Health Savings Accounts are another tool that certain taxpayers can establish to reduce their tax liability. Specific eligibility rules apply, such as being part of a high deductible health insurance plan, but for those that do qualify, this is another type of tax-reducing account that can be opened and funded before the tax filing deadline.

Learn from Past Mistakes

“You can never make the same mistake twice because the second time you make it, it's not a mistake, it's a choice”

This quote might be a bit dramatic, but the point remains the same. Many people have made a tax-related error at some point in the past. Perhaps you forgot to give your accountant a statement from one of your bank accounts. Maybe you thought you could claim your child that decided to move in with you after college and incorrectly added them as a dependent. Or maybe you didn’t have enough taxes withheld from your paycheck during the year. As a result, you may have even received a notice from the IRS saying you owed them a little money plus some interest.

It’s okay- things happen. The important step is to make sure the same error doesn’t happen again by making adjustments to your process. If it’s a document you misplaced last year- be sure this time around you properly file that statement as soon as it arrives (see earlier). If it’s a misunderstood deduction, have a discussion with your tax preparer about the situation to make sure you are on the same page (or if you prepare your own taxes, study up on the rules). If it’s a matter of proper withholding amount, talk to your HR department about changing your exemptions. There are solutions to past mistakes.

Communication is Key

Speaking of being on the same page, it’s important to have open lines of communication- whether it’s with your spouse, your business partner(s), or your tax preparer. Otherwise, deductions could be missed (maybe you didn’t realize your spouse gave $500 to the SPCA after seeing one of those Sarah McLachlan commercials) or other errors could arise.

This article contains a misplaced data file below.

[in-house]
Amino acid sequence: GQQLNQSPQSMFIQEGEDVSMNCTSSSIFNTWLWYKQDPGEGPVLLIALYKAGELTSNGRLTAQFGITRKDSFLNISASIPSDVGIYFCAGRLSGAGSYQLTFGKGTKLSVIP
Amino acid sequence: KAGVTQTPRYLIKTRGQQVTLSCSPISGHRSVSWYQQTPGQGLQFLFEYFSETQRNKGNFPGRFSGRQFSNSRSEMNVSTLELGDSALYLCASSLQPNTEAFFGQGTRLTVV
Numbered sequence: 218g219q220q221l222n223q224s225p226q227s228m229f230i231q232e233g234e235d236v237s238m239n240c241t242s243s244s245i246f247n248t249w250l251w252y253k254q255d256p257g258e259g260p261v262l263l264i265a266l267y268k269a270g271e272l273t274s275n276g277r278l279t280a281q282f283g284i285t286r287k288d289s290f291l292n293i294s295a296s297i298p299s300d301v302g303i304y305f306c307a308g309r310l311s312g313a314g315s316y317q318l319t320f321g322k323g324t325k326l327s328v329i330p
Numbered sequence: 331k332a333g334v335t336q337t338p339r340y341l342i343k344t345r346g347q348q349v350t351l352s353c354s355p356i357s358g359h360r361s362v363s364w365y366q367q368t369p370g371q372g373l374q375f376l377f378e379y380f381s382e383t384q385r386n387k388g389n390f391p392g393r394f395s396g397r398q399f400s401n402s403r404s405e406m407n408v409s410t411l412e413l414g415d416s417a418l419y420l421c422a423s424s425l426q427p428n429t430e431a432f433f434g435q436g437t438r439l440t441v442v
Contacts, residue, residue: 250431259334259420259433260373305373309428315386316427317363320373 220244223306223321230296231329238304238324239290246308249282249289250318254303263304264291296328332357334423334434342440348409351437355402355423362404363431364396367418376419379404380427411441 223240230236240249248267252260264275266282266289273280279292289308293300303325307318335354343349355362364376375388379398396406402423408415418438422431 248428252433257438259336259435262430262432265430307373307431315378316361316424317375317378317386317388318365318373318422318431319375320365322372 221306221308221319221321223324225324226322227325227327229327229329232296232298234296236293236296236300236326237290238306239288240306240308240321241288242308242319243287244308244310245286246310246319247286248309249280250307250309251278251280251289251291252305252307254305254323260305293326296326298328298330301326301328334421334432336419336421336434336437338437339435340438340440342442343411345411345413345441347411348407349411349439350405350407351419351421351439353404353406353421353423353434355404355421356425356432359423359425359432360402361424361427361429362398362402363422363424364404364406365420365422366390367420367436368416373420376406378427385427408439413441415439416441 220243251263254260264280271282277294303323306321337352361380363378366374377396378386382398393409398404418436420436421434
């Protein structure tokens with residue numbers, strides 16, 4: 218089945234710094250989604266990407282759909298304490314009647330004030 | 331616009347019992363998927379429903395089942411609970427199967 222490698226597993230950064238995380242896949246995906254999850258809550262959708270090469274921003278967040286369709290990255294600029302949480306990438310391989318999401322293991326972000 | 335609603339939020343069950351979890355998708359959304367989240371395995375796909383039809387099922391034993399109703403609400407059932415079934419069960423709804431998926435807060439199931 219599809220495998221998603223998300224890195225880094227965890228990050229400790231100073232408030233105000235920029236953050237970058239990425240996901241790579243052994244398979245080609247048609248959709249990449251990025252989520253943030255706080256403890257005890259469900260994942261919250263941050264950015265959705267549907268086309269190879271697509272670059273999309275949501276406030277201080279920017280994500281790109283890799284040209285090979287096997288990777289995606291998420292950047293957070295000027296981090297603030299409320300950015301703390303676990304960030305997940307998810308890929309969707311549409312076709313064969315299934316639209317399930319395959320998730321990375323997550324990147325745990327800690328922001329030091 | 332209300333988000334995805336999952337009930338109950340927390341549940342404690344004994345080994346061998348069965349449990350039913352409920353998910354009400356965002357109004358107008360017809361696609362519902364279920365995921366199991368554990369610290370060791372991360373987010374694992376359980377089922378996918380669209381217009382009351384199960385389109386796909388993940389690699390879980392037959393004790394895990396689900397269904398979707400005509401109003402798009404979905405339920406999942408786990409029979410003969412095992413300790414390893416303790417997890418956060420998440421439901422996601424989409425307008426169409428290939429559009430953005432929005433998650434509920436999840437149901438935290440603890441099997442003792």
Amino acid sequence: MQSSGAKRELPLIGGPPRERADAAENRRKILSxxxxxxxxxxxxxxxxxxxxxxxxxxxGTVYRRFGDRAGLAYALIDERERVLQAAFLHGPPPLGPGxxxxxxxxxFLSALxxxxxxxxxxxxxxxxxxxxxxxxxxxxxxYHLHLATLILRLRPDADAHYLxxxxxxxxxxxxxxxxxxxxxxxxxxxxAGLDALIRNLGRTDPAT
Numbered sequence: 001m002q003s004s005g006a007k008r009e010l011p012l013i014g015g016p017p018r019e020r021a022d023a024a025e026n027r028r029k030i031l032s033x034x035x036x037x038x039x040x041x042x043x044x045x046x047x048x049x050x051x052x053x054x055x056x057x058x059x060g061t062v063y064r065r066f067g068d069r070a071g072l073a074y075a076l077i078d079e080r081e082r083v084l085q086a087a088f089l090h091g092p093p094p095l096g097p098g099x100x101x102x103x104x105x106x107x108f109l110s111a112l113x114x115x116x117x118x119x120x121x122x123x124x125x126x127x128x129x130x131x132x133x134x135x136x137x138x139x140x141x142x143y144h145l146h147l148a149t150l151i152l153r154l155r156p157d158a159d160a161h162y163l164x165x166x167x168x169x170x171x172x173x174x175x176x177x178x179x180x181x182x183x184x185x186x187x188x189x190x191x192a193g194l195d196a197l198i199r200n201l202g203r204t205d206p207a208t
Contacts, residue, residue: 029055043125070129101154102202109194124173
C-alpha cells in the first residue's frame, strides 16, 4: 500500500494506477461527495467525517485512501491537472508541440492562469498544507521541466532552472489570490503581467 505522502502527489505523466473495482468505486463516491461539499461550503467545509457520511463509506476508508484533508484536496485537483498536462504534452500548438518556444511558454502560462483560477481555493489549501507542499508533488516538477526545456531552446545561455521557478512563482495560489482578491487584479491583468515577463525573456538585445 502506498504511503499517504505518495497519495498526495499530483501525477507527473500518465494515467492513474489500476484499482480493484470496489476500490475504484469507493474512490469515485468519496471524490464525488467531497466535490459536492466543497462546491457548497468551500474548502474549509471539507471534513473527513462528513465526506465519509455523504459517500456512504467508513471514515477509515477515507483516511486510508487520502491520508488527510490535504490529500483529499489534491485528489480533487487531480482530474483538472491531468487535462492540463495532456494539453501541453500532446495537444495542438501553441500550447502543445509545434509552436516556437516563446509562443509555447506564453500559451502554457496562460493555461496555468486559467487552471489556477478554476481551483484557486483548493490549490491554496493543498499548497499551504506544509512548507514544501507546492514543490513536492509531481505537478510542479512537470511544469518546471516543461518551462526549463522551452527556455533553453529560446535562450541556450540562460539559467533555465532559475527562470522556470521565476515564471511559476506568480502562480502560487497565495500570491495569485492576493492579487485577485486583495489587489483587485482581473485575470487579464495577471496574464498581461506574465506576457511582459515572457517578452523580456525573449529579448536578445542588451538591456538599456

With respect to your tax preparer, a good accountant will take the time to review all of your information to make sure things are in order. Of course, they can’t confirm every source of income or expenses you have- that responsibility falls on you- but a thorough discussion can shed light on a deduction or tax credit you otherwise may have missed.

Consider Hiring a Professional

I’ve made a number of references in this blog to the fact that some people enlist the help of professional tax preparers, which I highly recommend in many cases.  Sure, this tip might seem a little biased since I am an Enrolled Agent offering tax preparation services.  But the reality is that for many people, despite the availability of do-it-yourself tax preparation software, it’s worth seeking the help of a professional for accuracy and peace of mind.  These software programs are not foolproof- contrary to what they advertise- and a professional preparer is more likely to catch errors like missed (or overstated) deductions and is able to explain more complex tax rules than a Q&A with a computer program.   

So, while some people are comfortable (and even might enjoy) filing their own return, it may be a wise and anxiety-reducing investment to hire a professional tax preparer.

Tax season can be a stressful time for most people, but by remaining organized and attentive and having a good working relationship with your tax preparer should you choose to work with one, it doesn’t have to be that way.  

And, lastly, just remember that whether the Groundhog sees his shadow or not, tax season will come to a close and springtime will be here before you know it! 

United Planners and its Registered Representatives do not provide legal or tax advice. The tax information contained herein is general and is not exhaustive by nature.  It was not intended or written to be used, and it cannot be used by any taxpayer, for the purpose of avoiding penalties that may be imposed on the taxpayer under U.S. federal tax laws. Federal and state tax laws are complex and constantly changing. You should always consult your own legal or tax advisor for information concerning your individual situation.